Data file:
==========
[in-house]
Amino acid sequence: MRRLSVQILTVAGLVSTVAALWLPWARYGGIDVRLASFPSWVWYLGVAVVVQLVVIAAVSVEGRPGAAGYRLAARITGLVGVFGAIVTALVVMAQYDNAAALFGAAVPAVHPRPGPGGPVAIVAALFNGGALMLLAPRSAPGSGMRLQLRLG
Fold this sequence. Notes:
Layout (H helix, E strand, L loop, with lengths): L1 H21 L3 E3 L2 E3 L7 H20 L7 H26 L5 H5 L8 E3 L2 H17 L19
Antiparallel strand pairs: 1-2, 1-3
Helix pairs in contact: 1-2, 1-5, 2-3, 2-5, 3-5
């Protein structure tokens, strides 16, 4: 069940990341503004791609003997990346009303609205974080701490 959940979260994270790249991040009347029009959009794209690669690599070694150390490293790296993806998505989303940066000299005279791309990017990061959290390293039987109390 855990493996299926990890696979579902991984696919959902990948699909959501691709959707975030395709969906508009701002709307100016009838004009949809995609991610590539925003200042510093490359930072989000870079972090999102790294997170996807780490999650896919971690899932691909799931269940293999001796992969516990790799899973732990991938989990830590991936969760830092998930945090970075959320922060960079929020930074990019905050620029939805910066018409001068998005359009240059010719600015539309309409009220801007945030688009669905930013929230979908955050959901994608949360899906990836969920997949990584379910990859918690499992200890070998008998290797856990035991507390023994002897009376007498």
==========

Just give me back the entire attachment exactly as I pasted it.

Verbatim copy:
[in-house]
Amino acid sequence: MRRLSVQILTVAGLVSTVAALWLPWARYGGIDVRLASFPSWVWYLGVAVVVQLVVIAAVSVEGRPGAAGYRLAARITGLVGVFGAIVTALVVMAQYDNAAALFGAAVPAVHPRPGPGGPVAIVAALFNGGALMLLAPRSAPGSGMRLQLRLG
Fold this sequence. Notes:
Layout (H helix, E strand, L loop, with lengths): L1 H21 L3 E3 L2 E3 L7 H20 L7 H26 L5 H5 L8 E3 L2 H17 L19
Antiparallel strand pairs: 1-2, 1-3
Helix pairs in contact: 1-2, 1-5, 2-3, 2-5, 3-5
């Protein structure tokens, strides 16, 4: 069940990341503004791609003997990346009303609205974080701490 959940979260994270790249991040009347029009959009794209690669690599070694150390490293790296993806998505989303940066000299005279791309990017990061959290390293039987109390 855990493996299926990890696979579902991984696919959902990948699909959501691709959707975030395709969906508009701002709307100016009838004009949809995609991610590539925003200042510093490359930072989000870079972090999102790294997170996807780490999650896919971690899932691909799931269940293999001796992969516990790799899973732990991938989990830590991936969760830092998930945090970075959320922060960079929020930074990019905050620029939805910066018409001068998005359009240059010719600015539309309409009220801007945030688009669905930013929230979908955050959901994608949360899906990836969920997949990584379910990859918690499992200890070998008998290797856990035991507390023994002897009376007498």